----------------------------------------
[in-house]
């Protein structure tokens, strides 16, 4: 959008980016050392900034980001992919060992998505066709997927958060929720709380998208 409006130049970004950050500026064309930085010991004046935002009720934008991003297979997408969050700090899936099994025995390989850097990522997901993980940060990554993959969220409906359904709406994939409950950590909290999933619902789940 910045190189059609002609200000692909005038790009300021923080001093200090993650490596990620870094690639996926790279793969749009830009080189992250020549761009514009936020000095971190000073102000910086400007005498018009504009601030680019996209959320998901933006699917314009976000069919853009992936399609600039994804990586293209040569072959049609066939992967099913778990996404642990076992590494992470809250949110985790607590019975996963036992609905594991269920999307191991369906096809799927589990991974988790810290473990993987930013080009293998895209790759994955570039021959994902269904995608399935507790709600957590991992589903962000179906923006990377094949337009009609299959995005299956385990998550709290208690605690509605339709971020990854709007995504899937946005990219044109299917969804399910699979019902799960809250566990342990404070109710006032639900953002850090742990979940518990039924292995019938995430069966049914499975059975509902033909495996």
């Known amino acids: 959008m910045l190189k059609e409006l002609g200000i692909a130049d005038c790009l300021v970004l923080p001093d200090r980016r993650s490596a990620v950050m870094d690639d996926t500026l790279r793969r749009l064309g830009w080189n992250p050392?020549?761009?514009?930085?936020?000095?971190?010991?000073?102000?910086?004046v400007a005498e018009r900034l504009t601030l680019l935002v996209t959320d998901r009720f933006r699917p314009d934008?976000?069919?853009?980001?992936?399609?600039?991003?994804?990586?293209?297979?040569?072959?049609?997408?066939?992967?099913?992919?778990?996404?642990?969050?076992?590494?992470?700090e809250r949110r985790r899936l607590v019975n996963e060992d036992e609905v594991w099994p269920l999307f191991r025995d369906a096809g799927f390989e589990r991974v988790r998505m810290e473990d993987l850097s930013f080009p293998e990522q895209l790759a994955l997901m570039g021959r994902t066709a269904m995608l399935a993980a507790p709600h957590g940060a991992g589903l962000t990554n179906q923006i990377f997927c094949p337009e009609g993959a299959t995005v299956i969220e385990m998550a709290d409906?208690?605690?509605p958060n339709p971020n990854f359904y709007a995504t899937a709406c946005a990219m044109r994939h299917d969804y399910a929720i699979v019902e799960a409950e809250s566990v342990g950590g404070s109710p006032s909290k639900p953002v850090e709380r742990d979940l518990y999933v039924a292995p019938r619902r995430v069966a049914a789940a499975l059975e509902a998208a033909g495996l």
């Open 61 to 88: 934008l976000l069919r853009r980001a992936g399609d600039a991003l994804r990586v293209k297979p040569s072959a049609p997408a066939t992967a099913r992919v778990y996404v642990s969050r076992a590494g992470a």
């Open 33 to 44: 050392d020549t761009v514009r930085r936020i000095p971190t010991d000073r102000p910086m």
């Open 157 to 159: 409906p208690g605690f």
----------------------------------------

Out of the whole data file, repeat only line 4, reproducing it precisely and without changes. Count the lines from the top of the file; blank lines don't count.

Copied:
């Open 61 to 88: 934008l976000l069919r853009r980001a992936g399609d600039a991003l994804r990586v293209k297979p040569s072959a049609p997408a066939t992967a099913r992919v778990y996404v642990s969050r076992a590494g992470a």